Friday, April 13, 2012

Peak Oil, Peak Natural Gas, Peak Electricity...

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New World Notes News
Vol. 5, No. 15-16 -- Friday the 13th, 2012

This fortnight in New World Notes, radio program #215-216, April 17 & 24, 2012

Peak Oil, Peak Natural Gas,
Peak Electricity:
Why 'More of the Same' is Not an Option

Most graphics: Click to enlarge
In brief

It's not just oil. With growing demand and declining supplies, all forms of energy will soon become very expensive.

No alternative sources can produce as much energy as we are now obtaining from oil and natural gas--both of which are in decline. Some proposed alternatives (hydrogen, ethanol) are pipe-dreams.

Is this the end of The American Way of Life? Probably. Several experts lucidly explain what's happpening and what we have to do.

Experts speaking here include several petroleum scientists and engineers, ecologist Richard Heinberg, urban planners James Howard Kunstler and Peter Calthorpe, energy investment broker Matthew Simmons, political analyst Michael Ruppert, and journalist Barrie Zwicker (narrator).

For this two-part broadcast, I condensed and adapted the 2004 documentary film, The End of Suburbia.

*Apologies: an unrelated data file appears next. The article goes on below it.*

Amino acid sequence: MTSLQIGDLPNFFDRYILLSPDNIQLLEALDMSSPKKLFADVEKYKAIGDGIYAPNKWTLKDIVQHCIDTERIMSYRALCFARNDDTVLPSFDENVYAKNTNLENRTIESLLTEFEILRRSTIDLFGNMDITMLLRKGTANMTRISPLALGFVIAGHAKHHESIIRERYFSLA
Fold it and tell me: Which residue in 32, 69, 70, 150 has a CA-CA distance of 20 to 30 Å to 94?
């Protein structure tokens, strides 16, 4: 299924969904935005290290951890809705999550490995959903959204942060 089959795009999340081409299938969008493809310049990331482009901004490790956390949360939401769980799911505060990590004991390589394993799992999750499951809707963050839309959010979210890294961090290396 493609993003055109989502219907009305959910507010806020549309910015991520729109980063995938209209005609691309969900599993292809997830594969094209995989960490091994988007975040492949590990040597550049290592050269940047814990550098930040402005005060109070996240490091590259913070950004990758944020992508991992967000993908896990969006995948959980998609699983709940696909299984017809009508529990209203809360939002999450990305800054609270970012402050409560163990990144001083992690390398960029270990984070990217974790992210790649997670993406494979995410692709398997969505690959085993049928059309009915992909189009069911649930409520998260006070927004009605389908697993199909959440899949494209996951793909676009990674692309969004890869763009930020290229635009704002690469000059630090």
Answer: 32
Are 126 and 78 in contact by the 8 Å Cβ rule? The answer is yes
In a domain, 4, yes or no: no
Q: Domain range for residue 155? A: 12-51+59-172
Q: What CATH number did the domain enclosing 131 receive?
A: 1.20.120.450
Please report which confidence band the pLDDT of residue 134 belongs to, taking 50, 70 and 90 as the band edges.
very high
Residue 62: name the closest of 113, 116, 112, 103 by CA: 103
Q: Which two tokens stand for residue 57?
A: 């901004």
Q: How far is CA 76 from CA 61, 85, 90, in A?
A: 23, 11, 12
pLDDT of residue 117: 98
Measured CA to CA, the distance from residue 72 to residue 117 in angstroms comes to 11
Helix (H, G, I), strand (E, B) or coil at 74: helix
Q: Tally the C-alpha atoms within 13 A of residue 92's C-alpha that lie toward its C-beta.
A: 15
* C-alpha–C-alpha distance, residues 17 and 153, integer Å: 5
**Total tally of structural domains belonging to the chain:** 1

Notes, credits, & links

More on Peak Oil:

New World Notes is produced under the auspices (Latin for "aegis") of WWUH-FM, a community service of that beacon of light in darkest Connecticut, the University of Hartford.

You can listen to any installment of New World Notes online or else download it (as an mp3 audio file) for later listening. The show is archived at both and (from #90 onwards) The Internet Archive. Either link should get you a reverse-chrono listing of available installments. Or browse the show's Web site: Each installment has a page, and each page has links to the recorded audio. See the gray sidebar on the right ("CONTENTS [Links]") for a table of contents.

Series overview:
Political and social commentary in a variety of genres. Exploring the gap between what we want ... and what they're trying to make us settle for.

Below: No known or forseeable technology can produce as much power, as cheaply, as oil and natural gas have been able to. Can expensive power and prosperity co-exist?

Coming soon (Tuesday air debut date shown)
  • May 1 -- Trends
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